Once it starts, ALS almost always continues to progress, disable and shorten the lives of its victims. Very rarely, a patient with a confirmed diagnosis of ALS gets better on validated ALS outcome measures. The ALS Reversals Program at the Duke ALS Clinic focuses on understanding these ALS reversals in order to replicate them in other patients. That’s why the funds raised by The LVH ALS Foundation support the ALS Reversals Program. We believe ALS reversals will be the key to finding a cure.
In 2019, LVH ALS Foundation’s Research Endowment Reaches $1,000,000.
The LVH ALS Foundation’s Research Endowment for the Duke ALS Clinic has now reached $1,000,000. This is an amazing accomplishment and Dr. Bedlack’s team has some exciting findings from and future plans for the ALS Reversals Program we are funding. There are 2 arms to this program: St.A.R. (Study of ALS Reversals) and R.O.A.R. (Replication of ALS Reversals).
The St.A.R. program began with Dr. Bedlack and his colleagues at Mass General Hospital and PatientsLikeMe working to operationally define an ALS Reversal based on an analysis of a large database called PRO-ACT. This work shed important light on the natural history of ALS progression that was not previously well understood. Namely, that progression is not a straight line. Many patients with ALS experience periods where the disease stops, or even gets a little better for a while; this finding has major implications for future clinical trials. Less than 1% of patients experience a 4-point improvement in the ALS Functional Rating Scale that lasts 12 months or more; this is one way to operationally define ALS Reversals for future study. This work was selected for a prestigious platform presentation at the 2015 International Symposium on Motor Neuron Disease, which was delivered on December 10, 2015 as shown here:
Based upon colleague feedback from the presentation and the article, Dr. Bedlack decided to define ALS Reversals as “independently confirmed cases of ALS in which there is a dramatic and sustained improvement in at least 1 objective outcome measure.” So far they have been able to confirm 41 ALS Reversals defined in this way.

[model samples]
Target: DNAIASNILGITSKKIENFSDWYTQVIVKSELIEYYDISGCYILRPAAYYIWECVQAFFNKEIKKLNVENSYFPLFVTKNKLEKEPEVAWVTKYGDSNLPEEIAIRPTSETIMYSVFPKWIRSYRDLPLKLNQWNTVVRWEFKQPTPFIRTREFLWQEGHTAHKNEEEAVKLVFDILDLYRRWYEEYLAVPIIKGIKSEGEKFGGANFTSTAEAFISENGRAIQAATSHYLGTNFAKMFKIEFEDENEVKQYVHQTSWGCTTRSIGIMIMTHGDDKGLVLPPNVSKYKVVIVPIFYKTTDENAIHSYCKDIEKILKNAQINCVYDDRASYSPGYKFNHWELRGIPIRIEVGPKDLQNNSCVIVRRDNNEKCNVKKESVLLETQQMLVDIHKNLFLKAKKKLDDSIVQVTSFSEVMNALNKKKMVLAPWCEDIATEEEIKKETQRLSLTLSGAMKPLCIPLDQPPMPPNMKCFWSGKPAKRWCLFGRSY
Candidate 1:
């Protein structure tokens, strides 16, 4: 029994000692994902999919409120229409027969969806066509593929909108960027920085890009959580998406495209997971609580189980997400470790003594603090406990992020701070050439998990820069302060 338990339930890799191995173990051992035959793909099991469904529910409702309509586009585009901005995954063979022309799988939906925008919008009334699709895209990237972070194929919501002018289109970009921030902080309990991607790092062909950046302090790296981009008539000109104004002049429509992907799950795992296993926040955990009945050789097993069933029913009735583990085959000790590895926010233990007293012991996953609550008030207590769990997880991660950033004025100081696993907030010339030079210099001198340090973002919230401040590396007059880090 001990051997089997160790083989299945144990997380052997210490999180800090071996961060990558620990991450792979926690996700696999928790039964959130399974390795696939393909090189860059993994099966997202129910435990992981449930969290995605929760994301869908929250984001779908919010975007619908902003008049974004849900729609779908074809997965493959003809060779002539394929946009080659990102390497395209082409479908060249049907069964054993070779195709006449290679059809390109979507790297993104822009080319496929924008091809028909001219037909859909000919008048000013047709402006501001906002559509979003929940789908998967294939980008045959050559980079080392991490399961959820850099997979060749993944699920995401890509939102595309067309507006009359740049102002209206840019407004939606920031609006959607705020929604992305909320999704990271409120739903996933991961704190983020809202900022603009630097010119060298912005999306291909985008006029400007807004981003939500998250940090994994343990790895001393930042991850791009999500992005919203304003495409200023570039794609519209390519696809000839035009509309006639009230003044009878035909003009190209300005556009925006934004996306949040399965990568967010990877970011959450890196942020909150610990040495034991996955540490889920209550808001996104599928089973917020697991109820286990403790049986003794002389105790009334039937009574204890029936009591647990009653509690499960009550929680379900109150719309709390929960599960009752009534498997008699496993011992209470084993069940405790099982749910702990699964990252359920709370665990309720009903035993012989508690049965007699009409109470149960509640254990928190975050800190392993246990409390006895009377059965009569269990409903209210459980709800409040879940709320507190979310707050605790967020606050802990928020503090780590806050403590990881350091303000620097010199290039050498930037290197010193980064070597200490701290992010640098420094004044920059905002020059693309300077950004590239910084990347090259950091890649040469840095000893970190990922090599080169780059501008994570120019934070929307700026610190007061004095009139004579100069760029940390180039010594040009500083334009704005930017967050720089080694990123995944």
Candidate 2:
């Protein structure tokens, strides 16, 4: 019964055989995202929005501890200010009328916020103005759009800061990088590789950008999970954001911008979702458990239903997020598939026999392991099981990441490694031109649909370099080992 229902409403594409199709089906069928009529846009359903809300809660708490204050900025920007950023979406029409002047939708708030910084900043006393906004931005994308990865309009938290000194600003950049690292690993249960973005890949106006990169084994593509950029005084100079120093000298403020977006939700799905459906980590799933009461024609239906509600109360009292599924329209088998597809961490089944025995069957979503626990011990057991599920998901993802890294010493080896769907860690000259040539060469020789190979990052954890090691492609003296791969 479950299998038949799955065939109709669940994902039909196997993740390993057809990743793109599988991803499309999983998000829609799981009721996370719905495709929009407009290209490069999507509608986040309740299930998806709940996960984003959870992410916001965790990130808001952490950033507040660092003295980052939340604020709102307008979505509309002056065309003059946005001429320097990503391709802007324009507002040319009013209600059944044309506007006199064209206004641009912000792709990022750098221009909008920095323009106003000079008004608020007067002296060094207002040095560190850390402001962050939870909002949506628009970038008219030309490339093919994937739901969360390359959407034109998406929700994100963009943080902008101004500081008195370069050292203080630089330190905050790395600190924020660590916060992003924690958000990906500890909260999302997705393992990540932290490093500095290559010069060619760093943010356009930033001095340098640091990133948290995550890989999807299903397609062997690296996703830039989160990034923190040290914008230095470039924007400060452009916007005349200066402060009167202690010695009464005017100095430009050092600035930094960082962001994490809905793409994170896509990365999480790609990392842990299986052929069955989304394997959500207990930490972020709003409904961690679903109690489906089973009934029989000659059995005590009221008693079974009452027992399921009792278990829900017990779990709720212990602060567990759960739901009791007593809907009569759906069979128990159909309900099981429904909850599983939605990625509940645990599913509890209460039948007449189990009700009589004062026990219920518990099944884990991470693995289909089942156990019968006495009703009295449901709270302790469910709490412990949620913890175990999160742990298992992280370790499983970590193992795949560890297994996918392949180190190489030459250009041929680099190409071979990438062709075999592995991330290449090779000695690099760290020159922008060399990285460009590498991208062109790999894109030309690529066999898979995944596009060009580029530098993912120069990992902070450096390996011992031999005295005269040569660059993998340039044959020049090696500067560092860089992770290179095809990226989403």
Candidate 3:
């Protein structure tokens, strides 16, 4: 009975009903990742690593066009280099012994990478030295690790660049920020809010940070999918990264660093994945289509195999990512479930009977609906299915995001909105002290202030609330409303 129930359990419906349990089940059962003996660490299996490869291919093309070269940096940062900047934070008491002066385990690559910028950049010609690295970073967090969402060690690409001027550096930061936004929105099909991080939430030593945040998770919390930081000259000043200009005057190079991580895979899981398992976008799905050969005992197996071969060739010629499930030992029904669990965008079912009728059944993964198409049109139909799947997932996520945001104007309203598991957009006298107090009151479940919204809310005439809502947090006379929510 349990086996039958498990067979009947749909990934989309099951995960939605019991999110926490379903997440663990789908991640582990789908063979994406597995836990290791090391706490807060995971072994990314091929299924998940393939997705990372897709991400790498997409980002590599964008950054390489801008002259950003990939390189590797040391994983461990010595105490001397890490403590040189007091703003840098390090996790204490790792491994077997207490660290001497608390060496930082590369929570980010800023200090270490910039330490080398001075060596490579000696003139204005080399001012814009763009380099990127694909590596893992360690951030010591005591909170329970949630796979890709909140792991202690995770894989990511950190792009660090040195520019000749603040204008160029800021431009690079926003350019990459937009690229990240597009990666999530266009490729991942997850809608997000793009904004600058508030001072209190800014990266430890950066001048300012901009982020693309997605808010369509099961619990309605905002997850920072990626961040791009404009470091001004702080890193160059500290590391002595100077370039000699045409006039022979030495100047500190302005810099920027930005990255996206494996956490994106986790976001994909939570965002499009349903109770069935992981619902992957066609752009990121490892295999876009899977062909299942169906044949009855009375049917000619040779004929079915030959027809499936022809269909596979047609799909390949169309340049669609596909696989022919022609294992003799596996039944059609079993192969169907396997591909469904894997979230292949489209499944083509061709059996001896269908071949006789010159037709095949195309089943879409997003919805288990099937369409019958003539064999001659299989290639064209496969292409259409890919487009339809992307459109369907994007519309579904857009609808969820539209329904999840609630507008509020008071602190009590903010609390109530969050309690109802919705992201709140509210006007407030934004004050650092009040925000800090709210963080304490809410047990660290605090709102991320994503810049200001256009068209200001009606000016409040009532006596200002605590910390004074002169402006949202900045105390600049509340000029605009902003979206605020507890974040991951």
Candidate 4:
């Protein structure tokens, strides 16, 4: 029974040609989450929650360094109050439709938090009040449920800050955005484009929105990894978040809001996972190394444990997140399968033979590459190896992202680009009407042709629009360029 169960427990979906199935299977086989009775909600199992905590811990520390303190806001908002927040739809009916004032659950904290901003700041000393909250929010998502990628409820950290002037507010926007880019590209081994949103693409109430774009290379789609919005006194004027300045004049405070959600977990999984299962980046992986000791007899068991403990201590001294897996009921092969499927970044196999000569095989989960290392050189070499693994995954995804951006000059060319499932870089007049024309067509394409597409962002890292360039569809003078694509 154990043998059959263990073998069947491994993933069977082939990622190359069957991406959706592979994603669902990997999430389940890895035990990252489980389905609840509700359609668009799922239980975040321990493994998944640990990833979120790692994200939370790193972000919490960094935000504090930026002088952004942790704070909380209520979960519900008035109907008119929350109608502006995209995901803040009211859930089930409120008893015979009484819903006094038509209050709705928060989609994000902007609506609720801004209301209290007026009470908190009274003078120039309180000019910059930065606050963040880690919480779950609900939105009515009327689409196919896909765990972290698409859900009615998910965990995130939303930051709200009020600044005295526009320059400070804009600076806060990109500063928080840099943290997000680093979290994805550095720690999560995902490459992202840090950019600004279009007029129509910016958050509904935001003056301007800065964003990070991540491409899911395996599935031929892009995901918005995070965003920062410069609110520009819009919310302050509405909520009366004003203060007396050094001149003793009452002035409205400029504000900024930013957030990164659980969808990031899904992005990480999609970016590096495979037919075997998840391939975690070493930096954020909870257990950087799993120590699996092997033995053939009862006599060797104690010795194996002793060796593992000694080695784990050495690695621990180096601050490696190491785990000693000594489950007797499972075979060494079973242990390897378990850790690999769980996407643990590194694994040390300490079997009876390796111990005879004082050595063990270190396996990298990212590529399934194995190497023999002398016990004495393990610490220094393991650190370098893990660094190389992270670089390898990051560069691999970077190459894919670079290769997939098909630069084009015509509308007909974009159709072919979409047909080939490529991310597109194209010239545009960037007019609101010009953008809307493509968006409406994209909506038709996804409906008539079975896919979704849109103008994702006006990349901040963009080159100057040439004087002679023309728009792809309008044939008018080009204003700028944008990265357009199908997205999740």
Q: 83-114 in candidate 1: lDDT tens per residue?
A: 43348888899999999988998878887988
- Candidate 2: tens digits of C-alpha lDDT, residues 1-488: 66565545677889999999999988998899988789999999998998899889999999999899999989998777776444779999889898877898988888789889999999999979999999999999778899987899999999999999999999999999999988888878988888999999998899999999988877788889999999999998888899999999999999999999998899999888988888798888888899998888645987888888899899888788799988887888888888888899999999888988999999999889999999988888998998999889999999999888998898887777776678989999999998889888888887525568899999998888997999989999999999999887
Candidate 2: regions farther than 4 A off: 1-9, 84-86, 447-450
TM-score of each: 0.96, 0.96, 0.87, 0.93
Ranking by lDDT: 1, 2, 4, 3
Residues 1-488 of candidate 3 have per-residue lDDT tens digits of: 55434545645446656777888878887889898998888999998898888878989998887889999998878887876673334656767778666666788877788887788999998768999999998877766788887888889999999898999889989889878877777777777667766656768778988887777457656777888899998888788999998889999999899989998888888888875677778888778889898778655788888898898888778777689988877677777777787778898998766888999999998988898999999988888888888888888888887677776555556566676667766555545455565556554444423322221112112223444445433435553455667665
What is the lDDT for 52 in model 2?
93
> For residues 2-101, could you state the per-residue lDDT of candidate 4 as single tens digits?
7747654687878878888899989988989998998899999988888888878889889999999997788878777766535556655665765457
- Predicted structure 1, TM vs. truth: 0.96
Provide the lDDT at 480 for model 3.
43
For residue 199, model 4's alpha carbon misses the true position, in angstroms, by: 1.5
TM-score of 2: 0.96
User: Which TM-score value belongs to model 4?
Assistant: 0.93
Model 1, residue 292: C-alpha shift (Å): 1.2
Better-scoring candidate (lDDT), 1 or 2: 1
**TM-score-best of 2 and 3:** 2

All ALS Reversals are being entered into a common database so we can begin to determine what might be different about these patients in terms of demographics, concomitant medications, and past medical history. An analysis of the first 36 ALS Reversals showed that these cases are different from more typically progressive ALS in terms of being younger, more likely to be male, and more likely to progress faster. Interestingly they are not different in terms of their family history (10% of ALS Reversals have a family history of ALS). ALS Reversals are also more likely to be taking certain alternative or off label treatments, most notably curcumin. You can read this article here: ‘‘ALS reversals’’: demographics, disease characteristics, treatments,and co-morbidities
In early 2019, Dr. Bedlack and his team are taking a closer look at the genetics and the environmental exposures of the ALS Reversals.
Genetic samples have been collected and should be analyzed in late 2019 through a partnership with a group called CReATe. We hope to find an “ALS resistance gene” that we can explore to cause ALS reversals to occur more often.
An environmental risk factor questionnaire has now been administered. Answers are being compared to participants in the National ALS Registry. Preliminary analysis suggests that there is one significant difference: ALS Reversals were more likely to be employed as carpenters or cabinet makers compared to everyone in the Registry. Could it be that some exposure in this occupation somehow “immunizes” against future ALS? This work is being presented at the American Academy of Neurology meeting on May 6, 2019 and Dr. Bedlack will brainstorm this interesting finding with colleagues there.
In the R.O.A.R. Program, Dr. Bedlack and his colleagues are conducting small pilot trials, testing things that patients were using when they experienced an ALS Reversal. Because the signal they are looking for is so large (most ALS trials look for a 20% slowing in progression, not an ALS reversal), these pilot trials can have some very unusual design features that should appeal to many patients and families, including:
-Few exclusion criteria
-Few required in-person visits (instead they will use virtual visits where patients are studied from their own homes)
-Results available in real-time
-Protocols published on the Internet (so that patients who cannot get into the trials can try the same thing with their own local doctor).
The first thing tested in R.O.A.R. was a supplement from soybeans called Lunasin. This was a collaboration between Duke and PatientsLikeMe. Unfortunately, the study found no evidence that Lunasin could slow, stop or reverse ALS, and it had some significant GI side effects. But the novel study design worked very well. It was the fastest enrolling ALS trial in history, patients showed that they could (and would) accurately measure and record outcomes throughout a 6-month period from their homes. You can read this study here: Lunasin does not slow ALS progression: results of an open-label, single-center, hybrid-virtual 12-month trial.
The second R.O.A.R. trial, of curcumin, is being planned for later in 2019. You can read the rationale here: ALSUntangled 44: curcumin.
For additional information about the ALS Reversals Program, please visit our our website at www.alsreversals.org.